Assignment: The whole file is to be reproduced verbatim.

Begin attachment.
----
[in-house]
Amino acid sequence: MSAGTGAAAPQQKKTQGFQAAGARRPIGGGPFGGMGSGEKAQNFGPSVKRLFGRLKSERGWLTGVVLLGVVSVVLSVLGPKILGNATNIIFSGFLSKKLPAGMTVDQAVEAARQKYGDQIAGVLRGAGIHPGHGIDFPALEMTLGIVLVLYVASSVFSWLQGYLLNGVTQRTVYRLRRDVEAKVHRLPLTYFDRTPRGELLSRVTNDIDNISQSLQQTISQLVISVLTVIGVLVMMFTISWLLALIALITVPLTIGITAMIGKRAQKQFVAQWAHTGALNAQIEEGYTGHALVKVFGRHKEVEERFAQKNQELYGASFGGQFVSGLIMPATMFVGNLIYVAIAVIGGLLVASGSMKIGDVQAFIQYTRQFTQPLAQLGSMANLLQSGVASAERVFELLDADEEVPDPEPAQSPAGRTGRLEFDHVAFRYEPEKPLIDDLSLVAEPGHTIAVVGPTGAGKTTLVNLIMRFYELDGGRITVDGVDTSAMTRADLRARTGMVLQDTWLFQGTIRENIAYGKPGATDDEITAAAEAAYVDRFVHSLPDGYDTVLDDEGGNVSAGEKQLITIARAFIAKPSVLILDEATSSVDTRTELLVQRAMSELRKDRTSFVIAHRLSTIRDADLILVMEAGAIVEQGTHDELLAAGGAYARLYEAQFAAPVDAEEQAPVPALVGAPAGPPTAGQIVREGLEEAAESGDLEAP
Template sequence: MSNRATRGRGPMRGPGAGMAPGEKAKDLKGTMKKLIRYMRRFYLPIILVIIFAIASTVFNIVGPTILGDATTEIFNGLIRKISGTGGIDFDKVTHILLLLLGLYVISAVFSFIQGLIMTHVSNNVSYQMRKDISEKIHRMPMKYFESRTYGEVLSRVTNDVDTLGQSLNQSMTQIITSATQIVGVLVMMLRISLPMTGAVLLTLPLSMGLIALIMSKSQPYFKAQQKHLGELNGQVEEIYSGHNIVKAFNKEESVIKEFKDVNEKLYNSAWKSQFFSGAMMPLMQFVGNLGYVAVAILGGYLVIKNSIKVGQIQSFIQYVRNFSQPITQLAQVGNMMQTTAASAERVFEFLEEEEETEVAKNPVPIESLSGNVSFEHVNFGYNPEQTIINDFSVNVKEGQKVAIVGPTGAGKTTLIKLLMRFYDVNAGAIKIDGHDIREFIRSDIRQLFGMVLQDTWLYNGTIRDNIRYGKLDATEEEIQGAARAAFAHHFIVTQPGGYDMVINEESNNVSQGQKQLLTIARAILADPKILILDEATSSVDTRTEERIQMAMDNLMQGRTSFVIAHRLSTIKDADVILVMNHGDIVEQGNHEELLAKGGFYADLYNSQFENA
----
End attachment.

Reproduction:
[in-house]
Amino acid sequence: MSAGTGAAAPQQKKTQGFQAAGARRPIGGGPFGGMGSGEKAQNFGPSVKRLFGRLKSERGWLTGVVLLGVVSVVLSVLGPKILGNATNIIFSGFLSKKLPAGMTVDQAVEAARQKYGDQIAGVLRGAGIHPGHGIDFPALEMTLGIVLVLYVASSVFSWLQGYLLNGVTQRTVYRLRRDVEAKVHRLPLTYFDRTPRGELLSRVTNDIDNISQSLQQTISQLVISVLTVIGVLVMMFTISWLLALIALITVPLTIGITAMIGKRAQKQFVAQWAHTGALNAQIEEGYTGHALVKVFGRHKEVEERFAQKNQELYGASFGGQFVSGLIMPATMFVGNLIYVAIAVIGGLLVASGSMKIGDVQAFIQYTRQFTQPLAQLGSMANLLQSGVASAERVFELLDADEEVPDPEPAQSPAGRTGRLEFDHVAFRYEPEKPLIDDLSLVAEPGHTIAVVGPTGAGKTTLVNLIMRFYELDGGRITVDGVDTSAMTRADLRARTGMVLQDTWLFQGTIRENIAYGKPGATDDEITAAAEAAYVDRFVHSLPDGYDTVLDDEGGNVSAGEKQLITIARAFIAKPSVLILDEATSSVDTRTELLVQRAMSELRKDRTSFVIAHRLSTIRDADLILVMEAGAIVEQGTHDELLAAGGAYARLYEAQFAAPVDAEEQAPVPALVGAPAGPPTAGQIVREGLEEAAESGDLEAP
Template sequence: MSNRATRGRGPMRGPGAGMAPGEKAKDLKGTMKKLIRYMRRFYLPIILVIIFAIASTVFNIVGPTILGDATTEIFNGLIRKISGTGGIDFDKVTHILLLLLGLYVISAVFSFIQGLIMTHVSNNVSYQMRKDISEKIHRMPMKYFESRTYGEVLSRVTNDVDTLGQSLNQSMTQIITSATQIVGVLVMMLRISLPMTGAVLLTLPLSMGLIALIMSKSQPYFKAQQKHLGELNGQVEEIYSGHNIVKAFNKEESVIKEFKDVNEKLYNSAWKSQFFSGAMMPLMQFVGNLGYVAVAILGGYLVIKNSIKVGQIQSFIQYVRNFSQPITQLAQVGNMMQTTAASAERVFEFLEEEEETEVAKNPVPIESLSGNVSFEHVNFGYNPEQTIINDFSVNVKEGQKVAIVGPTGAGKTTLIKLLMRFYDVNAGAIKIDGHDIREFIRSDIRQLFGMVLQDTWLYNGTIRDNIRYGKLDATEEEIQGAARAAFAHHFIVTQPGGYDMVINEESNNVSQGQKQLLTIARAILADPKILILDEATSSVDTRTEERIQMAMDNLMQGRTSFVIAHRLSTIKDADVILVMNHGDIVEQGNHEELLAKGGFYADLYNSQFENA